Health

Artificial intelligence system may improve diagnosis of complicated metastatic cancers: Using routinely acquired pathology slides, the model accurately predicts the origin of cancers with unknown primary tumors

In 1 to 2 percent of cancer cases, the primary site of tumor origin cannot be determined. Because many modern cancer therapeutics target primary tumors, the prognosis for a cancer of unknown primary (CUP) is poor, with a median overall survival of 2.7-to-16 months. In order to receive a more specific diagnosis, patients often must undergo extensive diagnostic workups that can include additional laboratory tests, biopsies and endoscopy procedures, which delay treatment. To improve diagnosis for patients with complex metastatic cancers, especially those in low-resource settings, researchers from the Mahmood Lab at the Brigham and Women’s Hospital developed an artificial intelligence (AI) system that uses routinely acquired histology slides to accurately find the origins of metastatic tumors while generating a “differential diagnosis,” for CUP patients. Research findings are described in Nature.

“Almost every patient that has a cancer diagnosis has a histology slide, which has been the diagnostic standard for over a hundred years. Our work provides a way to leverage universally acquired data and the power of artificial intelligence to improve diagnosis for these complicated cases that typically require extensive diagnostic work-ups,” said corresponding author Faisal Mahmood, PhD, of the Division of Computational Pathology at the Brigham and an assistant professor at Harvard Medical School.

The deep-learning-based algorithm developed by the researchers, called Tumor Origin Assessment via Deep Learning (TOAD), simultaneously identifies the tumor as primary or metastatic and predicts its site of origin. The researchers trained their model with gigapixel pathology whole-slide images of tumors from over 22,000 cancer cases, and then tested TOAD in about 6,500 cases with known primaries and analyzed increasingly complicated metastatic cancers to establish utility of the AI model on CUPs. For tumors with known primary origins, the model correctly identified the cancer 83 percent of the time and listed the diagnosis among its top three predictions 96 percent of the time. The researchers then tested the model on 317 CUP cases for which a differential diagnosis was assigned, finding that TOAD’s diagnosis agreed with pathologists’ reports 61 percent of the time and top-three agreement in 82 percent of cases.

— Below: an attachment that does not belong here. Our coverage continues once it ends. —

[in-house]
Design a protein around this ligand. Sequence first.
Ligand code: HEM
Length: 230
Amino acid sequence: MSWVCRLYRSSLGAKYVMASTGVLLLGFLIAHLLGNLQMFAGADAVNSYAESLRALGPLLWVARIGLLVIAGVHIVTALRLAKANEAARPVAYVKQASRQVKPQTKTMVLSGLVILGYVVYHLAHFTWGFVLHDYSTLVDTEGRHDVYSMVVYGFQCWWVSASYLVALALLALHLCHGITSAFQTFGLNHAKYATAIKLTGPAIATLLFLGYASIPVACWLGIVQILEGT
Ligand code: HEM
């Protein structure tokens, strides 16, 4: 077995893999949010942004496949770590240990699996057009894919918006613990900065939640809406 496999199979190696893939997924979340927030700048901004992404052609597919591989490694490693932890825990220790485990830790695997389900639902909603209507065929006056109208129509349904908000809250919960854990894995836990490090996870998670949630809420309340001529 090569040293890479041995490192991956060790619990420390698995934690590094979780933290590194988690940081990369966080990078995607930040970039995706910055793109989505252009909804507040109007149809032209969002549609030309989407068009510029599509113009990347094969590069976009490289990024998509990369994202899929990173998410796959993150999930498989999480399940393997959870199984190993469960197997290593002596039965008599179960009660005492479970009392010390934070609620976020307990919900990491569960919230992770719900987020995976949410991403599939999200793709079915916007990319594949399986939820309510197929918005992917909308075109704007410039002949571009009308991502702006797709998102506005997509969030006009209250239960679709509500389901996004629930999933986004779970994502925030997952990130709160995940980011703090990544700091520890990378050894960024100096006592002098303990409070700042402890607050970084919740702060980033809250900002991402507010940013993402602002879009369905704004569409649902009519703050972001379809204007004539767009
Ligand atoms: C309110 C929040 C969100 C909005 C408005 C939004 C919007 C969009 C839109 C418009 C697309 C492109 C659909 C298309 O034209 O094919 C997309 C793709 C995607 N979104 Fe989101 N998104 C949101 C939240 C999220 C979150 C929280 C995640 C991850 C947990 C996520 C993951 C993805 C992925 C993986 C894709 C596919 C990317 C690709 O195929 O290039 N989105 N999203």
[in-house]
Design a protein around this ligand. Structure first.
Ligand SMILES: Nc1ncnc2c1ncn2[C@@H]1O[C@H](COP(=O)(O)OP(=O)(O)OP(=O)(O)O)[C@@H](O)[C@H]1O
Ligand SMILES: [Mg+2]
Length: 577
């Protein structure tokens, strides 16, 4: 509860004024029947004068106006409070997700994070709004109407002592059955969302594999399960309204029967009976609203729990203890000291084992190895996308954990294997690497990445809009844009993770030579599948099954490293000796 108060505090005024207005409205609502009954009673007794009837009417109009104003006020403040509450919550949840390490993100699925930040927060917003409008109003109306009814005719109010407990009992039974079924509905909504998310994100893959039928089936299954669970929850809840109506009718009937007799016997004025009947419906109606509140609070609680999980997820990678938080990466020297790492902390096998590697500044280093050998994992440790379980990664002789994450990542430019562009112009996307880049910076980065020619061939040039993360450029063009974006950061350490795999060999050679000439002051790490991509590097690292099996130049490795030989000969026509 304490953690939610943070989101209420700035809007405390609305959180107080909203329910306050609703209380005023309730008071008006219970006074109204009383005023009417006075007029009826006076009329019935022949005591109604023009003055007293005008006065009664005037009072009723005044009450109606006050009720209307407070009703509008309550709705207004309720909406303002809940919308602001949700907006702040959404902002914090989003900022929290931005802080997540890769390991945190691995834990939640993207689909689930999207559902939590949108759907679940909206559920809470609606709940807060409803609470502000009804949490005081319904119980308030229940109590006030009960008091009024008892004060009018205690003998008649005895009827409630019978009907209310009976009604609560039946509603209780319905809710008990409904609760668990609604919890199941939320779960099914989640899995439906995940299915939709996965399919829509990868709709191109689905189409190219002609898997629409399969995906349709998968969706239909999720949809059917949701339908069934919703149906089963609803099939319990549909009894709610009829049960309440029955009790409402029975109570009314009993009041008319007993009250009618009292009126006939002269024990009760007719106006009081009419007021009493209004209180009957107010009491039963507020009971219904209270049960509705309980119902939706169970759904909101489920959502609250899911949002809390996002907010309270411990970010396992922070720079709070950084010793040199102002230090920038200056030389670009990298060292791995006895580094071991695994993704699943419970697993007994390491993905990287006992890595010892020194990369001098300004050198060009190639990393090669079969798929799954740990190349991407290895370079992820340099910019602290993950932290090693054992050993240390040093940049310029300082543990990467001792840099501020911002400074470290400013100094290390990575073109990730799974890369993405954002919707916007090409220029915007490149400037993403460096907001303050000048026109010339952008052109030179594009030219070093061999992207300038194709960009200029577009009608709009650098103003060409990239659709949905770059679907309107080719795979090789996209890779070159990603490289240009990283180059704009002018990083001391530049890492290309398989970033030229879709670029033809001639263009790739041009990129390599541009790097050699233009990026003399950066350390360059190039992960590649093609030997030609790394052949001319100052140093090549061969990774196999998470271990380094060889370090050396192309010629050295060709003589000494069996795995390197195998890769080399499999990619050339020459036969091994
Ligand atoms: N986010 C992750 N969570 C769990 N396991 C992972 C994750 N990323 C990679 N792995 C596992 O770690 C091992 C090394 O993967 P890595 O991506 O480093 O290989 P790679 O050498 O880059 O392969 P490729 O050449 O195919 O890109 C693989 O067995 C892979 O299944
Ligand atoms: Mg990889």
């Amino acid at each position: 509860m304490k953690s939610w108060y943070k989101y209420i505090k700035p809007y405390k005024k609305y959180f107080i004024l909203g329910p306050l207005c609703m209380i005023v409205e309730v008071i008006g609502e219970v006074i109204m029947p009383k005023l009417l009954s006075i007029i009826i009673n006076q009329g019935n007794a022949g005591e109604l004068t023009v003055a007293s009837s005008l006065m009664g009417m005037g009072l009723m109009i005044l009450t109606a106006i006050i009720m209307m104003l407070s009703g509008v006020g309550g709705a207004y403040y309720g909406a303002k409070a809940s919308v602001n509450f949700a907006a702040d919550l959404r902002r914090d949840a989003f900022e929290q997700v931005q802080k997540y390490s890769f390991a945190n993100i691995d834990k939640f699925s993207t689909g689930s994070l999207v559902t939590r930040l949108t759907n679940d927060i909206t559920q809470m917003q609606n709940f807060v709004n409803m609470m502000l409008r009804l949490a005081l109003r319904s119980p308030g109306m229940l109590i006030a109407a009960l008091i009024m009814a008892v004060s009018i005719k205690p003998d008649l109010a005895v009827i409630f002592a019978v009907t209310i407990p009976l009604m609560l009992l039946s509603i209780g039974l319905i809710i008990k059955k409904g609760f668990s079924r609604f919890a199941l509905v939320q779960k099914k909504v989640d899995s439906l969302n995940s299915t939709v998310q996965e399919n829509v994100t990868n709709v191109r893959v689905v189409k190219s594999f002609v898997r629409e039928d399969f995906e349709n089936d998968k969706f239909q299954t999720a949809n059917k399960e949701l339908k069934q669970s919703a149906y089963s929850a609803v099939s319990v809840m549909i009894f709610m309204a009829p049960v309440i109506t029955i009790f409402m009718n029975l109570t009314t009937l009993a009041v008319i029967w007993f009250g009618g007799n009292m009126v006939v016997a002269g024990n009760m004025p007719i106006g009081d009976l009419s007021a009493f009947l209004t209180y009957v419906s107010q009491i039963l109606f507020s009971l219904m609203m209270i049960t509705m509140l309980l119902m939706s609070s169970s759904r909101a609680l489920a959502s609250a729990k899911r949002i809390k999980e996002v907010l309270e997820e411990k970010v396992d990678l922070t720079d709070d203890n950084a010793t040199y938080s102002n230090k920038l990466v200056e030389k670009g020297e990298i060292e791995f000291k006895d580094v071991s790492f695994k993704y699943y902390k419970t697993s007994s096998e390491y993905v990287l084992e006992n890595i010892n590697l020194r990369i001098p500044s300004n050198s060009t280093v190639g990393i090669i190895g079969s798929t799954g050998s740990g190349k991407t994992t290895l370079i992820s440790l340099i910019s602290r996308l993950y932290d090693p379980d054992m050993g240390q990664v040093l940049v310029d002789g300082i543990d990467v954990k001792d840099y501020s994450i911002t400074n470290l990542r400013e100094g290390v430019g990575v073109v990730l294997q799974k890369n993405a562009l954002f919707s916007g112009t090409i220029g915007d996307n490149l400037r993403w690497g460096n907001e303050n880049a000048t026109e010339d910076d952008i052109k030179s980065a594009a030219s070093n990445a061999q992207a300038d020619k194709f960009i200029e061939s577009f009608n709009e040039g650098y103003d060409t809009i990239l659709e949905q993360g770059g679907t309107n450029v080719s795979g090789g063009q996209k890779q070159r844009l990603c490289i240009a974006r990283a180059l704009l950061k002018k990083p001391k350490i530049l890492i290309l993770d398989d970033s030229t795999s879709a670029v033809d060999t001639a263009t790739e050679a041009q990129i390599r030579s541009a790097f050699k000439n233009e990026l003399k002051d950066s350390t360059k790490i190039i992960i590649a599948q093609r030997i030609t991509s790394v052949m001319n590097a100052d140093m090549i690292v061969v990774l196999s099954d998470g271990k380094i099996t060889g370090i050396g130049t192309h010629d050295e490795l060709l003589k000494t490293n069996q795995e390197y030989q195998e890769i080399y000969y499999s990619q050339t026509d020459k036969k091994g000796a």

TOAD’s performance was largely comparable to the performance reported by several recent studies that used genomic data to predict tumor origins. While genomic-based AI offers an alternative option for aiding diagnoses, genomic testing is not always performed for patients, especially in low-resource settings. The researchers hope to continue training their histology-based model with more cases and engage in clinical trials to determine whether it improves diagnostic capabilities and patients’ prognoses.

“The top predictions from the model can accelerate diagnosis and subsequent treatment by reducing the number of ancillary tests that need to be ordered, reducing additional tissue sampling, and the overall time required to diagnose patients, which can be long and stressful,” Mahmood said. “Top-three predictions can be used to guide pathologists next steps, and in low-resource settings where pathology expertise may not be available the top prediction could potentially be used to assign a differential diagnosis. This is only the first step in using whole-slide images for AI-assisted cancer origin prediction, and it’s a very exciting area with the potential to standardize and improve the diagnotic process.”

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Materials provided by Brigham and Women’s Hospital. Note: Content may be edited for style and length.

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